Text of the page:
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  Currency, Competence and Confidence
by Kevin Ware
  In my area of the country at least (Pacific Northwest), the COVID pandemic has resulted in a serious reduction in the amount of business
and personal f lying being conducted. This has been particularly noticeable to pilots like me who fly professionally on a fill-in or contract basis. Even the full-time guys are just barely getting enough flight time to justify their pay.
It has also affected pilots who fly their own airplanes for business or recreational reasons beyond the im- mediate touch-and-go pattern, given all the issues of arranging accommo- dations and meals at distant locations as opposed to just staying home. In turn, there is a reduction in pilot cur- rency, which then makes you won- der just how “competent” you still are...this thinking (even for the most
18 • TWIN & TURBINE / January 2021
egotistical of us) tends to decrease our confidence. We might be more reluc- tant to tackle weather that would have otherwise not been a concern, which leads to an even further reduction in flight hours. It is like falling dominoes.
So, with all this in mind, I got out of bed on a recent winter sunny morn- ing, thinking about how much (or how little) flying I had done over the past couple of months – frankly, not quite as confident in my flying abilities as this time last year. I decided the only way to deal with this discomforting feeling was to go down to the airport and actually fly the airplane. Which I did, being particularly diligent about watching myself closely.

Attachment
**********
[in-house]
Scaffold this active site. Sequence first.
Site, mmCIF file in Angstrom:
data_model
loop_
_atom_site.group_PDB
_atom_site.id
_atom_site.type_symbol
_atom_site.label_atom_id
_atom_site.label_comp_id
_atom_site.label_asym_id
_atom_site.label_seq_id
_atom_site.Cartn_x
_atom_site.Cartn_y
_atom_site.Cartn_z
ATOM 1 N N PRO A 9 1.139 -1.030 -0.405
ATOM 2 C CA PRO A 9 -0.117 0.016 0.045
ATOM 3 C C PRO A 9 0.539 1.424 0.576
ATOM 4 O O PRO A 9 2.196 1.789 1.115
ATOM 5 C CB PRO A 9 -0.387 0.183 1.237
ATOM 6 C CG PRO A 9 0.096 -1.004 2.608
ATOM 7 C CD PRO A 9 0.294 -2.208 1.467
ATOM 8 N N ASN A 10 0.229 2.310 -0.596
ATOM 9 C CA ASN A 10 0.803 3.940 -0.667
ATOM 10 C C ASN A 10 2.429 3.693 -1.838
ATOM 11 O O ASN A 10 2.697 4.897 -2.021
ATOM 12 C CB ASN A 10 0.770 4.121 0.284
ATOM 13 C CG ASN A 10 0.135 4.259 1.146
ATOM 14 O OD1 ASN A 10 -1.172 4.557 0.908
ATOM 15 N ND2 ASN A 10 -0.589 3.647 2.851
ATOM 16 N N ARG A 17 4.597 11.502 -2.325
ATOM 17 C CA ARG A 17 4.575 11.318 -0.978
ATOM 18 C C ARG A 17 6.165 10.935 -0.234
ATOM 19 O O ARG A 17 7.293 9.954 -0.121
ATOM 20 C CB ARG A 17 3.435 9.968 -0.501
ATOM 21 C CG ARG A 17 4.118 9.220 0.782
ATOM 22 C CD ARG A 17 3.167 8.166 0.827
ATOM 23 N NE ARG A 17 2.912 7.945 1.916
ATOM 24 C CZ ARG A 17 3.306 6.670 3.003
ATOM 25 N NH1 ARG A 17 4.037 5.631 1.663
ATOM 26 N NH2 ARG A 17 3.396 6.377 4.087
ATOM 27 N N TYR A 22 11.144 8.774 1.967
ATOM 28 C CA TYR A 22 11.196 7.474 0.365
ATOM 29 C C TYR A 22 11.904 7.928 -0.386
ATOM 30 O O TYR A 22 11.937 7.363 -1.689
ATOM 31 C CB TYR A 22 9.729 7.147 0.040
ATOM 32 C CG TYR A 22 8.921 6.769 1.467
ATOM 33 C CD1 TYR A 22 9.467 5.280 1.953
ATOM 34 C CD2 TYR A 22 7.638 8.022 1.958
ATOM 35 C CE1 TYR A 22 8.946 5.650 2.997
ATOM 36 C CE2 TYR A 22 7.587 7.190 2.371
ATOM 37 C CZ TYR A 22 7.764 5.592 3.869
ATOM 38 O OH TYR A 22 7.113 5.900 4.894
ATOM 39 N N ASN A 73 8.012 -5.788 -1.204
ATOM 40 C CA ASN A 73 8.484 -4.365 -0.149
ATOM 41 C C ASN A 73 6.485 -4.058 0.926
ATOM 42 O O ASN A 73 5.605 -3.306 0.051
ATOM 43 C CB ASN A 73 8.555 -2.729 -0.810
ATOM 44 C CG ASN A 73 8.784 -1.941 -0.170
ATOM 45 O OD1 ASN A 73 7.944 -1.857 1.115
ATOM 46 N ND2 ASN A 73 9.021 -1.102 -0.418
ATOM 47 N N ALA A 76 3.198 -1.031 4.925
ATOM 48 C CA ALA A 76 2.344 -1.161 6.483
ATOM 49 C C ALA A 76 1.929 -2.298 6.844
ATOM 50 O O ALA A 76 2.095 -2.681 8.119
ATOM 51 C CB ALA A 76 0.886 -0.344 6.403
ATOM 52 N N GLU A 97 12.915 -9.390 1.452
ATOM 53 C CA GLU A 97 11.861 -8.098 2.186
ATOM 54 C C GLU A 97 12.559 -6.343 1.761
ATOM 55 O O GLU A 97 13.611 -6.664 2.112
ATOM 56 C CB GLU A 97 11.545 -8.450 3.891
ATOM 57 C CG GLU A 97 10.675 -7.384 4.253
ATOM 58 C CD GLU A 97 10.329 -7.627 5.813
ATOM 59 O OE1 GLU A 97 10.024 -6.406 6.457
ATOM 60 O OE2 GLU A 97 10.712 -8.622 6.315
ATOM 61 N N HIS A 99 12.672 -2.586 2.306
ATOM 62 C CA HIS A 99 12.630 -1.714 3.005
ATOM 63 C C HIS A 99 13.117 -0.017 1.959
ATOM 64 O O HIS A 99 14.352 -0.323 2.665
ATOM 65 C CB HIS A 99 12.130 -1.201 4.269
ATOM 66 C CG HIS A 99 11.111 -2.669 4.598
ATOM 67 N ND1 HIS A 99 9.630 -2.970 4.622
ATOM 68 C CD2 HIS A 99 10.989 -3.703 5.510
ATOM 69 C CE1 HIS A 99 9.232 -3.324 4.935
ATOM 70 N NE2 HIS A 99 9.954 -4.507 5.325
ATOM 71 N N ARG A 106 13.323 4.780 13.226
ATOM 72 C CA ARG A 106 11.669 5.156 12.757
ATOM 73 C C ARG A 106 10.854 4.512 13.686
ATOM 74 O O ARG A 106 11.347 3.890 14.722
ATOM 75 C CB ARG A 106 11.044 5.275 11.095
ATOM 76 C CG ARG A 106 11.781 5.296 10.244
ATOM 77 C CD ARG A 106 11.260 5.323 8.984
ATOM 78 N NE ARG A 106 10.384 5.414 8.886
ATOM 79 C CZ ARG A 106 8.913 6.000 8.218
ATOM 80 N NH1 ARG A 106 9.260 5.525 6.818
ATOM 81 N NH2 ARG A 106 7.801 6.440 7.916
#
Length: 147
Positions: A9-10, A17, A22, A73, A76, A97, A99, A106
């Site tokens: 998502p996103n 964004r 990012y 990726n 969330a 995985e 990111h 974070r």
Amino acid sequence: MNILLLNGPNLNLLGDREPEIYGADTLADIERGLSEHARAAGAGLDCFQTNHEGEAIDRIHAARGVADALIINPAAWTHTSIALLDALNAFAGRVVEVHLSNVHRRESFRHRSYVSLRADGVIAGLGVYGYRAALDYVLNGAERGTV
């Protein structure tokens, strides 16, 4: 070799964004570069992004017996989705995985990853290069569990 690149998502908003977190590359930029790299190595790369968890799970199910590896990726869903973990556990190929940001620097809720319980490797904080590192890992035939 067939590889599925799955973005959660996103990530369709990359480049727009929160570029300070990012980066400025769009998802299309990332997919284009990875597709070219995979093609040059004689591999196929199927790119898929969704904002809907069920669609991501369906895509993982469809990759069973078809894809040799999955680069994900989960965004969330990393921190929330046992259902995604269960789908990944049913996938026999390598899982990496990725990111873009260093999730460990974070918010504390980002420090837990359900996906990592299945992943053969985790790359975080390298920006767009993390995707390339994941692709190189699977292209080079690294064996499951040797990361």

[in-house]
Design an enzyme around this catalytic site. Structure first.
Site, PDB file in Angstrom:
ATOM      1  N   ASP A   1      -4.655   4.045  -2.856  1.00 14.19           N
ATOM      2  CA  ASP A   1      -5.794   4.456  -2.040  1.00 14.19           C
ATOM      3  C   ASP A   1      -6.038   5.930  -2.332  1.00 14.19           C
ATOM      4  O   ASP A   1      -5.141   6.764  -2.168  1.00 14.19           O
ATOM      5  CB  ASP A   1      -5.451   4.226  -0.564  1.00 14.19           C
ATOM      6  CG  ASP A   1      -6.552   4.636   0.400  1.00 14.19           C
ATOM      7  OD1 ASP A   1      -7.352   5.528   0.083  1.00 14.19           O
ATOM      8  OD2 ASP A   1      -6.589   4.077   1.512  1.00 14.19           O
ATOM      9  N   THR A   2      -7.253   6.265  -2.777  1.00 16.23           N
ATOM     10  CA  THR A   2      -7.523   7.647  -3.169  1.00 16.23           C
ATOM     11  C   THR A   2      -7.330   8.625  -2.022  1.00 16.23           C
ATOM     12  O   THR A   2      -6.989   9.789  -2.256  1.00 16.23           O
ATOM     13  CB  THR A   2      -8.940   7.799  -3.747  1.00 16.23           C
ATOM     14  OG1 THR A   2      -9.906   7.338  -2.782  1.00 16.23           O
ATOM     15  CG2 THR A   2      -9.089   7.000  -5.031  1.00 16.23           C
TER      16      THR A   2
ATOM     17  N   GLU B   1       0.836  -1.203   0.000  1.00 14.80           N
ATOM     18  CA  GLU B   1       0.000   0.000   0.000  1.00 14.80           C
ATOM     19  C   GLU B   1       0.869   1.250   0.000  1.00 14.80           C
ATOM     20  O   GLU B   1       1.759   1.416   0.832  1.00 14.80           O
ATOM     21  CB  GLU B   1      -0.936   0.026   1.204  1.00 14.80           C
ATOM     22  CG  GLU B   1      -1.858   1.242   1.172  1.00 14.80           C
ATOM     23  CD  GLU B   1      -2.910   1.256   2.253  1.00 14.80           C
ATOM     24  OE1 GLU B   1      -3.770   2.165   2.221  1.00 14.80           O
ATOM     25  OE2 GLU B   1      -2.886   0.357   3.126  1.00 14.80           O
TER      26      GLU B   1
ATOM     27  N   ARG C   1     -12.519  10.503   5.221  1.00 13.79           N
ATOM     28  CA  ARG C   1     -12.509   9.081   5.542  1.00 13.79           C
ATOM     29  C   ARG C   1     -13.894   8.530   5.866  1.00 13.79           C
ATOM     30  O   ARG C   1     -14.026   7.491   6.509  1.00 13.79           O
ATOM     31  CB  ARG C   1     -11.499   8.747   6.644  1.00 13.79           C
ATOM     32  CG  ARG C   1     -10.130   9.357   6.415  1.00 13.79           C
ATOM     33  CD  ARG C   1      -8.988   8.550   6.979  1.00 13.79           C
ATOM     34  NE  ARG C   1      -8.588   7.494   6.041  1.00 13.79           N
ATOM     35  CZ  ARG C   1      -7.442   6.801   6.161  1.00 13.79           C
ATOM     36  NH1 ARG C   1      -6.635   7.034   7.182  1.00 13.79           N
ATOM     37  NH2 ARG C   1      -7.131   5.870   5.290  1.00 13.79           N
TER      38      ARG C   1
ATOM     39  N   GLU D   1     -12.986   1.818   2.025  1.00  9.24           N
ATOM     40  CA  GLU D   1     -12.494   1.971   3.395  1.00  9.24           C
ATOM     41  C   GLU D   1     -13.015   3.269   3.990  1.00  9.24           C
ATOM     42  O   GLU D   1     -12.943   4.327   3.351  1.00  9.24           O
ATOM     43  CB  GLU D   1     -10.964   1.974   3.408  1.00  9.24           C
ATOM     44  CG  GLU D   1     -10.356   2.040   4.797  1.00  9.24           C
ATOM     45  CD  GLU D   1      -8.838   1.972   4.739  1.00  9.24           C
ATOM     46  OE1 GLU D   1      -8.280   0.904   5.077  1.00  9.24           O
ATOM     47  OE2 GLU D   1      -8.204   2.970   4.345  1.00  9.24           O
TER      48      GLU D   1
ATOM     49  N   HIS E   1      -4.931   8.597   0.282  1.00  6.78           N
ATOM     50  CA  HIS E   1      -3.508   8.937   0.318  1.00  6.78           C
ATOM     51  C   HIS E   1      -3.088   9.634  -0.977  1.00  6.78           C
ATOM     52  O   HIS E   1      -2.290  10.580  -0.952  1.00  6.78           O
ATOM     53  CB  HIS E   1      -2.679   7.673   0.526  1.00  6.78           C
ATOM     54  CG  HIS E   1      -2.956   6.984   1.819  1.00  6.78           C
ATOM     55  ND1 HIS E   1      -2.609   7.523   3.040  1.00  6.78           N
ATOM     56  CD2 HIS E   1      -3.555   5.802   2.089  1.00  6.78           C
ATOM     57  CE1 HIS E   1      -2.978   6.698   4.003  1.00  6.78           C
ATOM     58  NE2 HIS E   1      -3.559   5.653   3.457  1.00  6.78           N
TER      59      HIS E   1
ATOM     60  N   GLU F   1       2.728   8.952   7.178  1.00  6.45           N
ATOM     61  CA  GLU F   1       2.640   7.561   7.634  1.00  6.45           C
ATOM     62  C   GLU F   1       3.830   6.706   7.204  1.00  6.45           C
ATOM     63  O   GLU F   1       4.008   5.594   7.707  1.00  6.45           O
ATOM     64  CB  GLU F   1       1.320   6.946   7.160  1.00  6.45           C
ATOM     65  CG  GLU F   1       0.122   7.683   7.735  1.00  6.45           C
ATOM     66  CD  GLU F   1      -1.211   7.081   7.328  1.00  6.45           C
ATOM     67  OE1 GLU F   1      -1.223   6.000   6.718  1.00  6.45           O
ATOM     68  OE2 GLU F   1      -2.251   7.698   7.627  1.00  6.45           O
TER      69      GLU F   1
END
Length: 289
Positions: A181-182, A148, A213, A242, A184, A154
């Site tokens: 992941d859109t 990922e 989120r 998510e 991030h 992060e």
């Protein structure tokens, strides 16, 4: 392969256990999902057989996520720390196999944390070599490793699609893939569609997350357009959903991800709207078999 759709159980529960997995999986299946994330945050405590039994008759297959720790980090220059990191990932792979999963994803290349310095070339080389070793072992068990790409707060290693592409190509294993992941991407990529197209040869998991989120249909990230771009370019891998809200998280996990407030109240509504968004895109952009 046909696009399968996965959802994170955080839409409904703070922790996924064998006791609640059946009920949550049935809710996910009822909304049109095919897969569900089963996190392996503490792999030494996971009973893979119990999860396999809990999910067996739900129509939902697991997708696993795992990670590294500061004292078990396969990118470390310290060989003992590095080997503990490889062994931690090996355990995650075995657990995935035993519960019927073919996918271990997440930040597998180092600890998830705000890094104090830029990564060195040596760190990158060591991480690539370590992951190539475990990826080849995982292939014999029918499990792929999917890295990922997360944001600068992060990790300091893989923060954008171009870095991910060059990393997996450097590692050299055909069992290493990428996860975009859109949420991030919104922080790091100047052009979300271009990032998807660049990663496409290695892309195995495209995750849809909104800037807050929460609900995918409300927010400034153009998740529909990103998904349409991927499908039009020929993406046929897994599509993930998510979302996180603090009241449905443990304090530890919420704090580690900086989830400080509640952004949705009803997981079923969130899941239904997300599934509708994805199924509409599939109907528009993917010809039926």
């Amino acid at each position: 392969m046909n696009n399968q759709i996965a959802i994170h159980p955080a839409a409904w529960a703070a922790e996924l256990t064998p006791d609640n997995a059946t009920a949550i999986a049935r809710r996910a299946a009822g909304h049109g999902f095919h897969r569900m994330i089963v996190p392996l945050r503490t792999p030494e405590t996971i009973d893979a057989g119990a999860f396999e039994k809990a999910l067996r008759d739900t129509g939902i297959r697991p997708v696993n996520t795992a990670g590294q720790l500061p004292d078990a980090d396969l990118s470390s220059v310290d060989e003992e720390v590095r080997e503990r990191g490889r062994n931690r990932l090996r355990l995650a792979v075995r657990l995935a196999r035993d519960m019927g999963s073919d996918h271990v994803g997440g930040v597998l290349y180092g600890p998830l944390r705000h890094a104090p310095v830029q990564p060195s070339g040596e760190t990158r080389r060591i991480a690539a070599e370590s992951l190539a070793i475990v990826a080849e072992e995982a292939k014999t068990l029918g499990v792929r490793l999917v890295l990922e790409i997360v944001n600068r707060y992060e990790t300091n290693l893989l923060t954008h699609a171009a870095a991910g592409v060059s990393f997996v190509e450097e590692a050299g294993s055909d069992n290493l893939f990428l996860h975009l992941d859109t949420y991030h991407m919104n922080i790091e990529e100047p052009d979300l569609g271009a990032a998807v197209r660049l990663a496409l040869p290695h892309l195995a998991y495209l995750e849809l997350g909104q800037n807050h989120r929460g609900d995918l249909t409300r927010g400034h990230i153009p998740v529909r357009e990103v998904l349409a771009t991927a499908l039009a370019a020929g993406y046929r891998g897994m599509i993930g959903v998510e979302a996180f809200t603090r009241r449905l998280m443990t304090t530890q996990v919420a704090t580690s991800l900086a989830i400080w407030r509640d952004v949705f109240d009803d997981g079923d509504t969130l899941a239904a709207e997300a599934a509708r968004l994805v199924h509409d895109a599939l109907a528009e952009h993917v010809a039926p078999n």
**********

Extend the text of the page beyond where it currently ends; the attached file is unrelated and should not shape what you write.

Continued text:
I started out carefully running the before start flow pattern I have used for the past 20 years and 2,000 hours in
my own Cessna 340. And then, just to make sure I had not missed anything, I ran the written checklist through verbally more than one time. Grin- ning to myself that I had not missed anything in the flow pattern, I then started the engines.
Now, it is not just the pilots who are suffering from this lack of utiliza- tion currency malady, but also the airplanes. My own airplane had not been flown since the middle of the last month, and it took just a bit more priming and coaxing to get the en- gines started than it normally does. Once they fired up, I got all involved in keeping the RPM down to just over idle levels until the oil pressure finally came up. Before that, my mind visu- alized pistons grinding up and down against the cylinder walls without any

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